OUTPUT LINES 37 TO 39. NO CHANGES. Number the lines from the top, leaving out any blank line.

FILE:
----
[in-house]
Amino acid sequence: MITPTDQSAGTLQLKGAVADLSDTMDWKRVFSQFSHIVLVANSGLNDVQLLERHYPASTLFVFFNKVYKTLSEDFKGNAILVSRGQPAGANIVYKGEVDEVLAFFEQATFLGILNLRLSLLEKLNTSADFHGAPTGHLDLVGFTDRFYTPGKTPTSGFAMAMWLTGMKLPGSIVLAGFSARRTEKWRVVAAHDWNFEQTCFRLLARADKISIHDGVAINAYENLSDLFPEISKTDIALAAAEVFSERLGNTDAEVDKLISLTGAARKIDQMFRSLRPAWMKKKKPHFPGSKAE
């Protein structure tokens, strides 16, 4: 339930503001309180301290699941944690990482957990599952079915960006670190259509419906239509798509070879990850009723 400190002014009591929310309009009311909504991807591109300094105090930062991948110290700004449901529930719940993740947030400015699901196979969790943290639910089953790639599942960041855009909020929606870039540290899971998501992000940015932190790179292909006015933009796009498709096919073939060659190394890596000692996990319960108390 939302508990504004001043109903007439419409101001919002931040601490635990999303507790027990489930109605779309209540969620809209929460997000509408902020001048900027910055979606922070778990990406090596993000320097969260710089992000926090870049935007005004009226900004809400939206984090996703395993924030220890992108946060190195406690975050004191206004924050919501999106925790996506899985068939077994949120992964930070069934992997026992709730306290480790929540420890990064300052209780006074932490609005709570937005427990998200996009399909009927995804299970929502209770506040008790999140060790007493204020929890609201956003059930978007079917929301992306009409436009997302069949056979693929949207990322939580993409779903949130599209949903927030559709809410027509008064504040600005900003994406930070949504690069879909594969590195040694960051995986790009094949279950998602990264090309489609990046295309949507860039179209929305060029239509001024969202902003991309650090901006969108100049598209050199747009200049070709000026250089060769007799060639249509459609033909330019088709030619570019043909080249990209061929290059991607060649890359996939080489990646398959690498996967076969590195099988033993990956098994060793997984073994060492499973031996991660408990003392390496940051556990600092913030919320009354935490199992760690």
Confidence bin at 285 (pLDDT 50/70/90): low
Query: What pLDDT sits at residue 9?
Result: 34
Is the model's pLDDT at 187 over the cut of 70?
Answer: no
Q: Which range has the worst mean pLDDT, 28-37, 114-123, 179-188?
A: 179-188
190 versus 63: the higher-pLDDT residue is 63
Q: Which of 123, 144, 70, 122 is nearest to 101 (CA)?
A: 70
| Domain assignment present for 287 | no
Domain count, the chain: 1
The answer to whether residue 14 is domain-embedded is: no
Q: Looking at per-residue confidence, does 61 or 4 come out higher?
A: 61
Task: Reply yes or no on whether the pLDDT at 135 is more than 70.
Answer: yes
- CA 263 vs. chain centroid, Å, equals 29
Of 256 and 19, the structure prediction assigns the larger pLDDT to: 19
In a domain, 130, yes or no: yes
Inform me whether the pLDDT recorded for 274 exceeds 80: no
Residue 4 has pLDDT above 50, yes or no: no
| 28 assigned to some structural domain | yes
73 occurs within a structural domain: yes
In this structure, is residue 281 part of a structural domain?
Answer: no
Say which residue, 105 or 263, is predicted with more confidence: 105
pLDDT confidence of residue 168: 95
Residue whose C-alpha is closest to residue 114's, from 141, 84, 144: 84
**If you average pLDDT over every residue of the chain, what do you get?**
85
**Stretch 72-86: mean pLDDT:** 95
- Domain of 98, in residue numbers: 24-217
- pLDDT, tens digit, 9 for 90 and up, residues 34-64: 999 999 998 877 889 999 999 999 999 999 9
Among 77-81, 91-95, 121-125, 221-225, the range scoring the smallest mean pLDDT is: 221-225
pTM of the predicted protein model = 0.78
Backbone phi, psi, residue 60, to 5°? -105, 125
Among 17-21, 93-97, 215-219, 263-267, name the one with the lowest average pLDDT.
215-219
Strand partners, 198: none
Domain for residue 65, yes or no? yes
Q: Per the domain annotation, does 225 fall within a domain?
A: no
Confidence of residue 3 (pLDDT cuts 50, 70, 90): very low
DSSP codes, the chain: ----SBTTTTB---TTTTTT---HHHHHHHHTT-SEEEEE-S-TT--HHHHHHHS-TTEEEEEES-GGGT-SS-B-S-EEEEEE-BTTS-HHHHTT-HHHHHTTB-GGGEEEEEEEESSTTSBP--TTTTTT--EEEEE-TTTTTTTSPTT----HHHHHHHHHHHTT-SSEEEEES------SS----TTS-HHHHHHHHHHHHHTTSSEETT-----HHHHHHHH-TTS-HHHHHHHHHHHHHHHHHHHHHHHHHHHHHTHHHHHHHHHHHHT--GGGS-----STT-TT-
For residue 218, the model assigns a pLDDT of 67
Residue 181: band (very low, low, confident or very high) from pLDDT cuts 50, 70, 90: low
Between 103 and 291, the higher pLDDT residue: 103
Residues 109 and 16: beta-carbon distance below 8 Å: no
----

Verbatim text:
- pLDDT, tens digit, 9 for 90 and up, residues 34-64: 999 999 998 877 889 999 999 999 999 999 9
Among 77-81, 91-95, 121-125, 221-225, the range scoring the smallest mean pLDDT is: 221-225
pTM of the predicted protein model = 0.78